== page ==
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Why NGOs are not celebrating despite defeat of changes to law

Written by Suba Churchill on .

January 14, 2014 was exactly one year since the Public Benefit Organizations (PBO) Act, 2013 was passed into law. But the day’s passage was rather unremarkable. Neither the civil society nor the National Governmental Organizations Coordination Bureau charged with coordinating the sector observed the day. A visit to the Bureau offices on the material day confirmed my fears that the office may not have been aware of what ought to have been an auspicious occasion. Most of the Bureau’s staff members were reportedly out of the office, burning the midnight oil to meet some performance contracting deadlines.

To the PBOs, the unremarkable passage of the day did not come by surprise. The sector had spent the second half of 2013 battling proposed amendments to the law. The mischievous amendments, tucked among 47 other odd pieces of legislations in the infamous Statute Law Miscellaneous (Amendments) Bill of 2013 had proposed draconian changes which would have adversely affected the environment within which the non-state actors operate.

All these were happening despite what has been celebrated as the hallmark of a liberal democratic system that the Constitution of Kenya 2010 has supposedly heralded. In such a system, pressure groups and other forms of citizen formations should be able to influence government decisions without undue government control. This assumes that there is substantial amount of independence and freedom from government control of the mass media – radio, television and newspapers.

But some of the laws that have been enacted under the watch of the jubilee government ever since the ruling coalition came into power raise more concerns that fulfillment of the text and spirit of the Constitution.

Article 34 (2) is explicit on freedom of the media with regard to State control, providing that (a) “the State shall not exercise control over or interfere with any person engaged in broadcasting, the production or circulation of any publication or the dissemination of information by any medium”. In paragraph (b), the supreme law is even more explicit that “the State shall not penalize any person for any opinion or view or content of any broadcast, publication or dissemination”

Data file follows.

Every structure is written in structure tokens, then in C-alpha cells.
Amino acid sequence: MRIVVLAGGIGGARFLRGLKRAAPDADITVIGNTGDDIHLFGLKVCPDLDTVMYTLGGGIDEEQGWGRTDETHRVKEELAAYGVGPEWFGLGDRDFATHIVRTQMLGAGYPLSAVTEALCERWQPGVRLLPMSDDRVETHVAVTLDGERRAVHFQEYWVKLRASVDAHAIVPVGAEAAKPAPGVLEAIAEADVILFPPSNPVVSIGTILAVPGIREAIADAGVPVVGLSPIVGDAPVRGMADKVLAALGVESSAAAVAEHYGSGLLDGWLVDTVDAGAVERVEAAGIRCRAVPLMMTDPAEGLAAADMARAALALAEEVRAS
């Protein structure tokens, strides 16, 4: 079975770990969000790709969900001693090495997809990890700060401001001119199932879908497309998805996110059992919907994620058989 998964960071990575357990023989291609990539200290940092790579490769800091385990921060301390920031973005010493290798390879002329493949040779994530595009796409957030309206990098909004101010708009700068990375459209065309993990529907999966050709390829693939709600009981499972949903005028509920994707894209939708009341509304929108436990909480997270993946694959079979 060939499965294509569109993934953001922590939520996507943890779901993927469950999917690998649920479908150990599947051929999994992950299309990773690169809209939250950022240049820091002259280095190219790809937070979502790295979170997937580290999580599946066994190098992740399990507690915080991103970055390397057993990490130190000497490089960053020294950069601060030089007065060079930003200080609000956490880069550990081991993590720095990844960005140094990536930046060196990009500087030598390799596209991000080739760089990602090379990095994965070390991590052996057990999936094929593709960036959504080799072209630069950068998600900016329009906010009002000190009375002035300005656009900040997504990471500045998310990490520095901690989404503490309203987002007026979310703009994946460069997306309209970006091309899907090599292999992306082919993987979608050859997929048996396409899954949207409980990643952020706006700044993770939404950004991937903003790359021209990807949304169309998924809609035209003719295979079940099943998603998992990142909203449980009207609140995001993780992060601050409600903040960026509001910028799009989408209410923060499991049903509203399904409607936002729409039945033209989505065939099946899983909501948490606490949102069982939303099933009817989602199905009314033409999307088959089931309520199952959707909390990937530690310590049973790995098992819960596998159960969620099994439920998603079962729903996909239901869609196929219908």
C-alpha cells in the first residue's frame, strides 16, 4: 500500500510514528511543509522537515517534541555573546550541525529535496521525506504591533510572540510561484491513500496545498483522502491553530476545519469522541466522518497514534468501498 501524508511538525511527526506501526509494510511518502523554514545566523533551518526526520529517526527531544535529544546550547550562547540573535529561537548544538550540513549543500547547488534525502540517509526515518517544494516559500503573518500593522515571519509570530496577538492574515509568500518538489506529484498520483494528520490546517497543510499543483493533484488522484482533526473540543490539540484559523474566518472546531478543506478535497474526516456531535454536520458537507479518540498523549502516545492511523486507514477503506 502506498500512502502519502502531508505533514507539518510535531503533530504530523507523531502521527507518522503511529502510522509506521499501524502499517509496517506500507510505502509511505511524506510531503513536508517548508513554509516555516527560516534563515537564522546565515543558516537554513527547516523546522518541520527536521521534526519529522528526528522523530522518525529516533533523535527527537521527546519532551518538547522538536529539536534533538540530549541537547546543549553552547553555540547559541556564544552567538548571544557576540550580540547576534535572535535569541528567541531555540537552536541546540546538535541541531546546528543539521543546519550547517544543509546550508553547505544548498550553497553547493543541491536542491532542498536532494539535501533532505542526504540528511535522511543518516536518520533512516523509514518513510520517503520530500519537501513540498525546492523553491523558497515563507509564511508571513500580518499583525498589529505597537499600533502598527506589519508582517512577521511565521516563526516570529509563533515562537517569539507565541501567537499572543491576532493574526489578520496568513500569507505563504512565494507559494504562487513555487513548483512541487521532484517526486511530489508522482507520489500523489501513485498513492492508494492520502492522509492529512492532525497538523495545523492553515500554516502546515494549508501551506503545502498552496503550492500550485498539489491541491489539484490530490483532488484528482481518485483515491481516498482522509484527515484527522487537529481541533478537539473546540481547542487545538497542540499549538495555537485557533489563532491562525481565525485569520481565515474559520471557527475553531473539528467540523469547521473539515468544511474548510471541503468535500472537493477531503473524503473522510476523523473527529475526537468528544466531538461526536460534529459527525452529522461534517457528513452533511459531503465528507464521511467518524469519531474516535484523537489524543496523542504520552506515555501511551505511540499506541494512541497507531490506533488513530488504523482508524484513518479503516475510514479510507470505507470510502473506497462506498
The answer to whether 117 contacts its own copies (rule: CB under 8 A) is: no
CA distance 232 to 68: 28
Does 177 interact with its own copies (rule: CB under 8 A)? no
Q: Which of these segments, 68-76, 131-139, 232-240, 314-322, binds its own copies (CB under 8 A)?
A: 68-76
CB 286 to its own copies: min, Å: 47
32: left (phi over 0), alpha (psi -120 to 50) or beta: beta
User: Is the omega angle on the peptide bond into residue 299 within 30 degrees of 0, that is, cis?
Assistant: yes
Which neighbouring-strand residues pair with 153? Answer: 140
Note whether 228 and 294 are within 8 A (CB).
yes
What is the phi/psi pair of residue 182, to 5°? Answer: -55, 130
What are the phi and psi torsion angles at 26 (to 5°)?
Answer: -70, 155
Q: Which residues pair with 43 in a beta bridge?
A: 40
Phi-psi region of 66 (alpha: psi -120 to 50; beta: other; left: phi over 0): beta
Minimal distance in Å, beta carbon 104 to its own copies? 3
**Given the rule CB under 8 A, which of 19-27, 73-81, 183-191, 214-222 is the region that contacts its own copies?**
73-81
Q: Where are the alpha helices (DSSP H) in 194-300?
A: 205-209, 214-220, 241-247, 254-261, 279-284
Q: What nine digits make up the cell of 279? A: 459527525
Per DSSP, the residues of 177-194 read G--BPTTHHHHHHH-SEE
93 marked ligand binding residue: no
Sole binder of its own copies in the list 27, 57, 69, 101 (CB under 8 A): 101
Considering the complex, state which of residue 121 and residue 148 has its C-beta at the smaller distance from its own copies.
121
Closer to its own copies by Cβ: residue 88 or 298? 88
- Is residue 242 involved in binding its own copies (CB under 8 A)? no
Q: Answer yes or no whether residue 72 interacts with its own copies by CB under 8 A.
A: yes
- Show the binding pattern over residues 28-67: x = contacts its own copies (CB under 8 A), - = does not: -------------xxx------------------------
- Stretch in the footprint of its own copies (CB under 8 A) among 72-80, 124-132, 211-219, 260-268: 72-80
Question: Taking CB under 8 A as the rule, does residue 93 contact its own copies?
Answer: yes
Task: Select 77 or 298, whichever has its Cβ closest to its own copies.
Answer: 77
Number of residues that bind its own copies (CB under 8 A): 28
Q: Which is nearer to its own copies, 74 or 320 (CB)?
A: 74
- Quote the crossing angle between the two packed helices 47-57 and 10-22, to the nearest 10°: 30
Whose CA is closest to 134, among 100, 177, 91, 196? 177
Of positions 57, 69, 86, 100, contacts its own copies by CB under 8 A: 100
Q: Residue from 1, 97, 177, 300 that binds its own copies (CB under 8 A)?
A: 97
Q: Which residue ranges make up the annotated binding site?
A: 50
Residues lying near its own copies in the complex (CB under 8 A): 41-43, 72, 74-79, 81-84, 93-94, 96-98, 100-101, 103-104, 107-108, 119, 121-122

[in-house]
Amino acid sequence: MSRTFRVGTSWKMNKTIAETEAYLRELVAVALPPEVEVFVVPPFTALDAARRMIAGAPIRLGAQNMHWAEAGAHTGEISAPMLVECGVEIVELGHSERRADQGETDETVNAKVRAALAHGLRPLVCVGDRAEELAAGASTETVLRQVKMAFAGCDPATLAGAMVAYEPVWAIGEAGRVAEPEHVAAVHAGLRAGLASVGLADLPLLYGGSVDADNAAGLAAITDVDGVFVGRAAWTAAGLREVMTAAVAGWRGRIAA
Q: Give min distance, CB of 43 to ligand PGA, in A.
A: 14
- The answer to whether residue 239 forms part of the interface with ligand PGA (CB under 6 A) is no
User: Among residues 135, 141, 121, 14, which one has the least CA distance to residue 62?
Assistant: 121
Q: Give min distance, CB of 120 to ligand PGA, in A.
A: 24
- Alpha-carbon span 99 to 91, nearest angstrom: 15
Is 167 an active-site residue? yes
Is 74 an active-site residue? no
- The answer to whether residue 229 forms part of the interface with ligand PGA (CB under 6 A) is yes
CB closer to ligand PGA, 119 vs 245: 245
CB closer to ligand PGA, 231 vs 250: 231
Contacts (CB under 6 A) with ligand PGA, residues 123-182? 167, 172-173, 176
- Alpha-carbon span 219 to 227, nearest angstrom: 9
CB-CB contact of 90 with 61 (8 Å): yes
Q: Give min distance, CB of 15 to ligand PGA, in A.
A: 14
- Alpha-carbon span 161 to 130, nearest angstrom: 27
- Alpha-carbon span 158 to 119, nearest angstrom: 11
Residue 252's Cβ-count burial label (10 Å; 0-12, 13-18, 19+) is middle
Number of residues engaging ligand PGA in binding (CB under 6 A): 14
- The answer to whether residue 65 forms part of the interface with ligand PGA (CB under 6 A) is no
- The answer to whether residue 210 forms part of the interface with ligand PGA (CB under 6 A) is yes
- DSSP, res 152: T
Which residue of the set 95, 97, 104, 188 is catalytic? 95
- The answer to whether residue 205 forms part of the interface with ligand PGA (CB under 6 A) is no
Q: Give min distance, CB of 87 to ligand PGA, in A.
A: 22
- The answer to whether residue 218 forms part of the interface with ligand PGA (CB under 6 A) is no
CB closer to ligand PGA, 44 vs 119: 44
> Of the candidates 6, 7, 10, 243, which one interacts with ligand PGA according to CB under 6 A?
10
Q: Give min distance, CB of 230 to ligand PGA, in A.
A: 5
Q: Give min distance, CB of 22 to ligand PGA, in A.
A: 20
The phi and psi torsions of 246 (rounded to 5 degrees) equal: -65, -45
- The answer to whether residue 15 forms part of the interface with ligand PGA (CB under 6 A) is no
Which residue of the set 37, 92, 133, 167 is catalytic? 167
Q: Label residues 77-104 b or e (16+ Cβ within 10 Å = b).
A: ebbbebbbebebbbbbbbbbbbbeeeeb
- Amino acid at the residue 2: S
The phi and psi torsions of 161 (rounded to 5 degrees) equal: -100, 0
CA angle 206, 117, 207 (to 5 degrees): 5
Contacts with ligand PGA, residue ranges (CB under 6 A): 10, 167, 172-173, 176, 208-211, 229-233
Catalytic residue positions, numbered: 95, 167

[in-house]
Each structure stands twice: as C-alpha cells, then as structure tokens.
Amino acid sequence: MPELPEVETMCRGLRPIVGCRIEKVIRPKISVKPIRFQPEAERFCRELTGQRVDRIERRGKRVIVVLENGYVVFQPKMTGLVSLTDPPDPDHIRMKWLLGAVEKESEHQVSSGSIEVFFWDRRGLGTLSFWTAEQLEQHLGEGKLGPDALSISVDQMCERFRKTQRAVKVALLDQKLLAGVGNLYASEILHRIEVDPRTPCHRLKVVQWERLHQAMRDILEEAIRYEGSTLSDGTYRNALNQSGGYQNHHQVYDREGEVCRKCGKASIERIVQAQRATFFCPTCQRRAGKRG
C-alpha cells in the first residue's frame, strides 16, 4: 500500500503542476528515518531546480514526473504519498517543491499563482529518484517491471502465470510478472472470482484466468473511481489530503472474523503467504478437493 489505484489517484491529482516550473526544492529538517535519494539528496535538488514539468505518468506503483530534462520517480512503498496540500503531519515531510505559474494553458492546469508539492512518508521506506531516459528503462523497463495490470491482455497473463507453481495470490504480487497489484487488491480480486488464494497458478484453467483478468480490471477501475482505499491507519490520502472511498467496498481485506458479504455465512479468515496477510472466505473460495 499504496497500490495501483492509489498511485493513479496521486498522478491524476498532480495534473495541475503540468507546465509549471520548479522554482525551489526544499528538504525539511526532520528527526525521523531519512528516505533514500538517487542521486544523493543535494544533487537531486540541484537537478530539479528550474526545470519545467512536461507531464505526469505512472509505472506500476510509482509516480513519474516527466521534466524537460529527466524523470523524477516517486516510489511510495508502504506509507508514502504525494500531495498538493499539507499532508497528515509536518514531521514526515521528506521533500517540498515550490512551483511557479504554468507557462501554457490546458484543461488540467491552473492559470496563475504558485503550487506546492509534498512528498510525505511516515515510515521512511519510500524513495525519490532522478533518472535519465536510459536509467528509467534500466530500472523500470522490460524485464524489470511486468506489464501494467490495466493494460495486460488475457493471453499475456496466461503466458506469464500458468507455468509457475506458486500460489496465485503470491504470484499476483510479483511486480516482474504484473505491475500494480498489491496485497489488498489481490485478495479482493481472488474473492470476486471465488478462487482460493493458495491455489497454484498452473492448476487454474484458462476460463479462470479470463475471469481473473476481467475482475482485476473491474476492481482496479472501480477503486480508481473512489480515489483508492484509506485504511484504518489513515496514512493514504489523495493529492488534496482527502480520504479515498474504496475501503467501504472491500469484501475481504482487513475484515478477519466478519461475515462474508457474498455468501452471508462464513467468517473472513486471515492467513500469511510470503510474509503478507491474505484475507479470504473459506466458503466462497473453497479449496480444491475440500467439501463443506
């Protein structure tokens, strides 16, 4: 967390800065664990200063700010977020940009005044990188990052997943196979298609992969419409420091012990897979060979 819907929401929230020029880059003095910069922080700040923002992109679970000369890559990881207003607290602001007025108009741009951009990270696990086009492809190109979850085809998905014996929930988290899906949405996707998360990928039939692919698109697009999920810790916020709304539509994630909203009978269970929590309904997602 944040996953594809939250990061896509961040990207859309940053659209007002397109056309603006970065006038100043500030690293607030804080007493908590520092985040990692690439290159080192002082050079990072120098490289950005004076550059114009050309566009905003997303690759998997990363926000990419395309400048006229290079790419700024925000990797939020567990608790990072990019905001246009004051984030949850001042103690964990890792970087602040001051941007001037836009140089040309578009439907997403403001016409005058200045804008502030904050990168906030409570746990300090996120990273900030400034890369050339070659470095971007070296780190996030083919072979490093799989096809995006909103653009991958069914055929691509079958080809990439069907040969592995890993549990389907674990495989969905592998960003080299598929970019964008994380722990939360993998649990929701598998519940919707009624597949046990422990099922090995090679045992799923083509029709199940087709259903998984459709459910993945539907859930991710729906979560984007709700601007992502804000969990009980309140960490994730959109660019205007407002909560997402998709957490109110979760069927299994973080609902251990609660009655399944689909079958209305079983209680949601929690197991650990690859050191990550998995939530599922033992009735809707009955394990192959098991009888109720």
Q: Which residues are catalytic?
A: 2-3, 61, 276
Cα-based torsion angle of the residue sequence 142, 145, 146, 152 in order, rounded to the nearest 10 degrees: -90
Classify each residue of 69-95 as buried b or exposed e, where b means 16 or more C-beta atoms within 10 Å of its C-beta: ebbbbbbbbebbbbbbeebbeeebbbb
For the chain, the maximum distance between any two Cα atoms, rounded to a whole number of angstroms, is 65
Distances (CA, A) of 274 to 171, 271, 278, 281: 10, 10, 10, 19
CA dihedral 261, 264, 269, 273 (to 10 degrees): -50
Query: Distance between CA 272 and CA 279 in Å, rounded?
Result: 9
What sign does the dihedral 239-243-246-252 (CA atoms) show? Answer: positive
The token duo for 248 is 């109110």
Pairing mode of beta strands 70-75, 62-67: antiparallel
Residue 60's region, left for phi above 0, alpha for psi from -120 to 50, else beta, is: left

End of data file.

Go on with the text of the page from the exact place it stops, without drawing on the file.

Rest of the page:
But the two laws that parliament has passed on the media have provisions that offend both the text and spirit of the Constitution by providing for hefty fines against individual journalists and the media houses they work for. There is also excessive government presence in the Media Council which, by its nature ought to be a self-regulating mechanism run and managed by the media practitioners.

It is such happenings, and the fact that the government does not seem to be keen to operationalize the Public Benefit Organizations Act one year since the law was enacted that keep the civil society on the edge.

During the debate that ensued as government pushed on with the proposed amendments, it emerged that a significant section of the public does not seem to appreciate what constitutes the civil society. For starters, the civil society is the arena outside of the family, the State and the market. In other words, any citizen formation that can not be called family, corporate business or government is what is broadly called the civil society.

Civil society is thus created by individuals for the purpose of advancing collective actions as organizations and institutions. Broadly, they can be divided into developmental or pressure groups. While developmental or interest groups are preoccupied with the welfare of its members or a larger community or society overall.

Pressure or lobby groups on the other hand aim to influence the political decision making process – from laws to policies and programmes that impact on society. This influencing of public policy is a legitimate mandate but which the proposed amendments sought to criminalize.

The Sixth Schedule of the PBO Act is an elaborate description of areas an organization may be registered as a PBO. It lists such noble causes as provision of legal aid, promotion of agriculture, rights of children, culture, disability, energy, gender, governance and information as some of the core areas of focus for which a group can form and register a PBO.

Yet, by seeking to limit foreign funding to fifteen per cent of annual budget for PBOs without providing alternative local sources, the  government was stealthily seeking to fundamentally alter the enabling environment for the PBOs by denying them the resources they need  to effectively influence policy on these issues. The amendments would have effectively rendered many PBOs incapable of delivering on their  mandate. Civicus - the World Alliance for Citizen Participation defines enabling environment as a set of conditions, whether individually or in an organized fashion to participate and engage in the civil society arena.

That environment is determined by the legal and regulatory framework that includes the registration process that should be quick, easy and predictable. Such laws and policies should also make it easy for civil society groups to form, operate free from interference, express their views, and seek resources without undue hindrances.

 

Suba Churchill is a member of CSO Reference Group and Coordinator of the National Civil Society Congress.